Fidel's private life with his wife and sons is so secret
  that even the CIA is left to wonder
  There are no streets in Cuba named after President
  Fidel Castro, no statues or peso bills bearing the
  image of the ``maximum leader,'' no mention -- ever --
  in the official media of his wife of 30-plus years or their
  five sons.
  Most Cubans, in fact, know almost nothing about the
  personal life of one of the world's most private, even
  secretive rulers. Not the names of his wife and sons,
  not even the address of his home in Havana.
  Photographs of two of Castro's sons, a niece and a
  nephew-in-law that appear in today's Herald are,
  indeed, the first time their faces are published
  anywhere, slightly lifting the veil of secrecy that
  shrouds Castro's family.
  His wife, Dalia Soto del Valle, and their sons Angel,
  Antonio, Alejandro, Alexis and Alex, have never been
  identified in the island's media and only in a few
  foreign publications not subject to Cuban censorship.
  Except for brothers Raúl and Ramón and his oldest
  son, ``Fidelito,'' Castro's close relatives hold no
  publicly visible jobs, wield no political power, and are
  unlikely to play a role in the succession to the
  74-year-old ruler.
  While they live comfortably, compared to the grinding
  shortages faced by most Cubans, they are under
  strict orders to avoid ostentatious behavior and live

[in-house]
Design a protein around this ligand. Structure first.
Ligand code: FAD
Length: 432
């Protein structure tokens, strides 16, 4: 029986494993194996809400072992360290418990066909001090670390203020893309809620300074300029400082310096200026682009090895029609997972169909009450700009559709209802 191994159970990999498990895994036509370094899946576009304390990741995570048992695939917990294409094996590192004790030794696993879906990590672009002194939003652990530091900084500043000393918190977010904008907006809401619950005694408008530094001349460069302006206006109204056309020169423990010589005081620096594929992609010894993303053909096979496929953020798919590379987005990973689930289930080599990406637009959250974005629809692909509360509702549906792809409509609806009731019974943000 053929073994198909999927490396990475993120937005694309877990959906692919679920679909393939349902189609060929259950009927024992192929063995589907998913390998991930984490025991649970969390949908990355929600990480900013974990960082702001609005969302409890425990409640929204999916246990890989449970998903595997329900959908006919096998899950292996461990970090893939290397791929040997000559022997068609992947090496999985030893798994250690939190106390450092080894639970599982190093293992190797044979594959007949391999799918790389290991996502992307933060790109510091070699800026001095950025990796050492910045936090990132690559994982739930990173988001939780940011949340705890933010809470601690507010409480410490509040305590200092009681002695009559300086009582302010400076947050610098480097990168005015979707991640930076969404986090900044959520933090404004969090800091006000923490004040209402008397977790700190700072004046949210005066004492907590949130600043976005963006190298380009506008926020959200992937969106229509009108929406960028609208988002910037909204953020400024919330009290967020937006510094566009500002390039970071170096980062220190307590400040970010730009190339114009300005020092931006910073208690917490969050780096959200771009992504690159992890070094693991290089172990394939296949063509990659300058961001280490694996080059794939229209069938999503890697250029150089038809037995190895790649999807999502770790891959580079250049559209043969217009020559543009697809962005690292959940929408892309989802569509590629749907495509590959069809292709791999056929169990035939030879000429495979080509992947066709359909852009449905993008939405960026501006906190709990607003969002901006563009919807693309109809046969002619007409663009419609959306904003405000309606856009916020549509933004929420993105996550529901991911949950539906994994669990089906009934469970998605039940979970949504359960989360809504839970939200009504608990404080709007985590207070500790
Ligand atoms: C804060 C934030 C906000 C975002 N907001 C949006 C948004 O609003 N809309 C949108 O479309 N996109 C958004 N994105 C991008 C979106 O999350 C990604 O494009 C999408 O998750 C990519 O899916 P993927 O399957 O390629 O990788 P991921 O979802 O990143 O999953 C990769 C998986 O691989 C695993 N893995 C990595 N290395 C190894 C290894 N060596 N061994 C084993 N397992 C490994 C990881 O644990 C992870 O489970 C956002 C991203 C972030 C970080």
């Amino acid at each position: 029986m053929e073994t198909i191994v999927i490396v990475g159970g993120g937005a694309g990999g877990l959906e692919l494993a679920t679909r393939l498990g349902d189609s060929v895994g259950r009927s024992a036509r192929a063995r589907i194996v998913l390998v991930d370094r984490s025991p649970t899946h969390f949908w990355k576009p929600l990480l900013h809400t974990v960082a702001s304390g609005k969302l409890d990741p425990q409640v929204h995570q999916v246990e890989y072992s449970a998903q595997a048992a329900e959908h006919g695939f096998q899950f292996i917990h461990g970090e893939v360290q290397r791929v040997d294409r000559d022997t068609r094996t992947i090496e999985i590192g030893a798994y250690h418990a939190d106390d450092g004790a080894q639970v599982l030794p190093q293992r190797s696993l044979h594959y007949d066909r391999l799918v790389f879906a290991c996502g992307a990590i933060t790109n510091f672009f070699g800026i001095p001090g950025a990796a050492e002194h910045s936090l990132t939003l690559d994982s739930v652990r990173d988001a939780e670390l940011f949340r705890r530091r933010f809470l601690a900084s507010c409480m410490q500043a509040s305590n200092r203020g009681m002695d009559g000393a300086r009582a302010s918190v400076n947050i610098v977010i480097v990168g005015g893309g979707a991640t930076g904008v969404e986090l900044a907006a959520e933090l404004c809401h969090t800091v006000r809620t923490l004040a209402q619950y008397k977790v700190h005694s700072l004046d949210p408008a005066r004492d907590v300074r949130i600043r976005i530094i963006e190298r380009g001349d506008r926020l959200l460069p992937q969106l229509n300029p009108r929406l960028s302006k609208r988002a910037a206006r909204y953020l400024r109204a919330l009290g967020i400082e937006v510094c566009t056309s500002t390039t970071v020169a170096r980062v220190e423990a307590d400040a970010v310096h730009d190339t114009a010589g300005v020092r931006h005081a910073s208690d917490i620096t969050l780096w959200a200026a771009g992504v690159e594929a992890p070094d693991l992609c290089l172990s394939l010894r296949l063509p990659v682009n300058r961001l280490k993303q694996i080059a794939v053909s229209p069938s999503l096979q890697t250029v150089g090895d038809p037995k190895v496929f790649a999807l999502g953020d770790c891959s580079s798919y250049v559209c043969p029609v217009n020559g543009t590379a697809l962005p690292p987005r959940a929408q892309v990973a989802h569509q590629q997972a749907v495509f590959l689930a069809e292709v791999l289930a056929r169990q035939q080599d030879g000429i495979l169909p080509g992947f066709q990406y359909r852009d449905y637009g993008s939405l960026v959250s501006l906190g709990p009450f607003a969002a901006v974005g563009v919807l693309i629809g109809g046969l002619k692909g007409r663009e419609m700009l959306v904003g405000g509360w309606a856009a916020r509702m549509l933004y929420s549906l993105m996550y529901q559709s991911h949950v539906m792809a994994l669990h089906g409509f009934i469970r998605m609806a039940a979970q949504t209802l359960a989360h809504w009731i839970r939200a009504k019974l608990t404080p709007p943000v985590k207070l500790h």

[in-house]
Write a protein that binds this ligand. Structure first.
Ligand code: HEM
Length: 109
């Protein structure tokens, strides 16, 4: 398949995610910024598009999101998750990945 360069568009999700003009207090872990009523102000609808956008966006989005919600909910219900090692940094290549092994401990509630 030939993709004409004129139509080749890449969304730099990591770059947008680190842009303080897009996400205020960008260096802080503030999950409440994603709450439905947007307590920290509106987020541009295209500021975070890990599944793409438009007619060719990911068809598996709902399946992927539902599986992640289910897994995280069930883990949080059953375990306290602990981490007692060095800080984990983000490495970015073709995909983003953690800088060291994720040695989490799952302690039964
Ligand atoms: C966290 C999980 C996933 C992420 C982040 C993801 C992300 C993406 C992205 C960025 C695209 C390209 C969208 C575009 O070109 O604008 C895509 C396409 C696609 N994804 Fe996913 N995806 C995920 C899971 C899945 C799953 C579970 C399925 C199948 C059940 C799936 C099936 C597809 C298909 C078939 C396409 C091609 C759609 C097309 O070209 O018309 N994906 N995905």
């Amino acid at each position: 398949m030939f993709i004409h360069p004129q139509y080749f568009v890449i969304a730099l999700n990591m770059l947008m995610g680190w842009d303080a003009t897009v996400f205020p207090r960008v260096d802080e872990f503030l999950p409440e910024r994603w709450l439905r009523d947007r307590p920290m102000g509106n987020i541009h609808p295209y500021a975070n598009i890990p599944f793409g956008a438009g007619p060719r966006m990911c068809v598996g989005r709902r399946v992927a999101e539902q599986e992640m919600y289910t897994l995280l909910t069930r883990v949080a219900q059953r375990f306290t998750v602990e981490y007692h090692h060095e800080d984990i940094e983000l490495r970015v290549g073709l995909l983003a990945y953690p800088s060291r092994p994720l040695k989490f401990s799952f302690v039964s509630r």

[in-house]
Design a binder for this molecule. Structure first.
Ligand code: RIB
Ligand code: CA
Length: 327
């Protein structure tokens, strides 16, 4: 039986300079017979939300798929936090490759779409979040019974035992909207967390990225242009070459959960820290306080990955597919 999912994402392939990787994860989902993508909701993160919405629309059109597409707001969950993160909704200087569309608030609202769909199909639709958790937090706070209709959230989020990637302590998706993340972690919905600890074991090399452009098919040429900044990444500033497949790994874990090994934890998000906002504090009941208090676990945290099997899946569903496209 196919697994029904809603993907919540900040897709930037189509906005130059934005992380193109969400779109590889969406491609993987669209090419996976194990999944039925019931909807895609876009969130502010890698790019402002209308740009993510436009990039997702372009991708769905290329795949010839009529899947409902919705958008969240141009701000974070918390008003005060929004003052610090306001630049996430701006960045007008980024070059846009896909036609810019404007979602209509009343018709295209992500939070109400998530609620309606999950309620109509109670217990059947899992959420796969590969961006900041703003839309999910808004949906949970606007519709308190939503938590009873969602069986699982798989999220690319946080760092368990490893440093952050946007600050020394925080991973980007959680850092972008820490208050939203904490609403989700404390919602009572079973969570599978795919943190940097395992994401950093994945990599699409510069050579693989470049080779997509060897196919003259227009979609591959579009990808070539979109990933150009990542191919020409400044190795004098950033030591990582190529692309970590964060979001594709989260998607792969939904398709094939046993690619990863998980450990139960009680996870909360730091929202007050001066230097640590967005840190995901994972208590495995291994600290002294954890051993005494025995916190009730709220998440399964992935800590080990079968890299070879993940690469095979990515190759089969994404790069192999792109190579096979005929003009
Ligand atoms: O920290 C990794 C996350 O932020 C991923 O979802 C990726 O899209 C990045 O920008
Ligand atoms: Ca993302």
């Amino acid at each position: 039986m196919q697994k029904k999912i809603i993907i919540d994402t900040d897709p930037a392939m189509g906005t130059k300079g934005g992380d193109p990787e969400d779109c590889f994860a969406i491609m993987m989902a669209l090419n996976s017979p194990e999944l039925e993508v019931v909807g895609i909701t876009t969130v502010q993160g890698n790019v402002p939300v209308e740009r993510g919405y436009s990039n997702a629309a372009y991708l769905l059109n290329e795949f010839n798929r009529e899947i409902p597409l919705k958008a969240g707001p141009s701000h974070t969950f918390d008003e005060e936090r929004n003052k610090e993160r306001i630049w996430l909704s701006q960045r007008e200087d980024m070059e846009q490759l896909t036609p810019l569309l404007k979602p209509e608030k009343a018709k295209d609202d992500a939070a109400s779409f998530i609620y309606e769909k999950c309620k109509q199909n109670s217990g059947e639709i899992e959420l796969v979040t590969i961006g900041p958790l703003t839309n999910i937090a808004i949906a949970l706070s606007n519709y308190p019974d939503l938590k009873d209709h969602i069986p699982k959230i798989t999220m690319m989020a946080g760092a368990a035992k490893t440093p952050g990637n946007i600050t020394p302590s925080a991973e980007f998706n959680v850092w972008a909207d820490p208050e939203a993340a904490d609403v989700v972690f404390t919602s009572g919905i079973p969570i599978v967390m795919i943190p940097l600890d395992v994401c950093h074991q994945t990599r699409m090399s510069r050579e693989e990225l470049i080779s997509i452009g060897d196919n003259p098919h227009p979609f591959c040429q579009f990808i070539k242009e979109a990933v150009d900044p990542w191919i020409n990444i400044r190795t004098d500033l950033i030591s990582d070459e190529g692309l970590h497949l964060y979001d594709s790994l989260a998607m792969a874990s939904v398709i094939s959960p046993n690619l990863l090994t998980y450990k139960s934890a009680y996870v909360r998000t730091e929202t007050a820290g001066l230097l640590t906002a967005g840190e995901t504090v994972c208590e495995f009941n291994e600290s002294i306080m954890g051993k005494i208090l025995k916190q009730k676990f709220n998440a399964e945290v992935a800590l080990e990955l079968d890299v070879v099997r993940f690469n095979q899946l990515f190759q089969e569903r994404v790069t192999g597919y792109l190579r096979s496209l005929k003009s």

austerely, far from the limelight, acquaintances say.
  ``They don't dress any better than anyone else,'' said
  Castro's daughter, Alina Fernández, now living in
  Spain. ``On the contrary, they are required to at least
  project an image of austerity for the rest of the
  Added exile author Norberto Fuentes: ``The most
  avaricious cabinet minister lives no better than the
  average Cuban in Miami. He has one car, not two. An
  air conditioner in the car? No air conditioner.''
  Unlike other Latin dictators, he promotes no cult of
  Most Latin American dictators have sought to glorify
  themselves. The Dominican Republic's Rafaél Trujillo
  renamed his nation's capital city and highest mountain
  after himself, and Paraguay's Alfredo Stroessner put
  up huge posters of himself around Asunción streets.
  Yet even as Castro's bearded profile has become an
  icon for revolutionaries around the world after 41 years
  in power, inside Cuba his desire for privacy has
  generated an odd sort of reverse cult of personality.
  Few public images of El Comandante are visible
  around Cuba, and his Aug. 13 birthday is not a holiday
  even though it's always noted by the government's
  media monopoly.
  His regime instead promotes dead revolutionary
  heroes such as Ernesto ``Che'' Guevara and Camilo
  Cienfuegos on everything from statues to key chains
  and T-shirts sold to tourists.
  Though his power is unchallenged, and phrases from his lengthy speeches are
  often quickly adopted as national slogans, the Cuban media is strictly forbidden
  from reporting on Castro's personal life.
  ``His private side is a completely taboo subject,'' said Lissette Bustamante,
  formerly a top Cuban journalist who met several of Fidel and Raúl Castro's
  children before she defected in the early 1990s.
  Castro has said that his penchant for privacy largely stems from his security
  concerns, given the more than 600 assassination attempts he says the CIA and
  Cuban exiles have mounted against him since 1959.
  ``They want to know if some day I went to bathroom or not, details on how my
  prostate is doing, they even want x-rays,'' Castro told reporters during a Havana
  news conference in April.
  But he has also acknowledged having a general propensity for ``permanent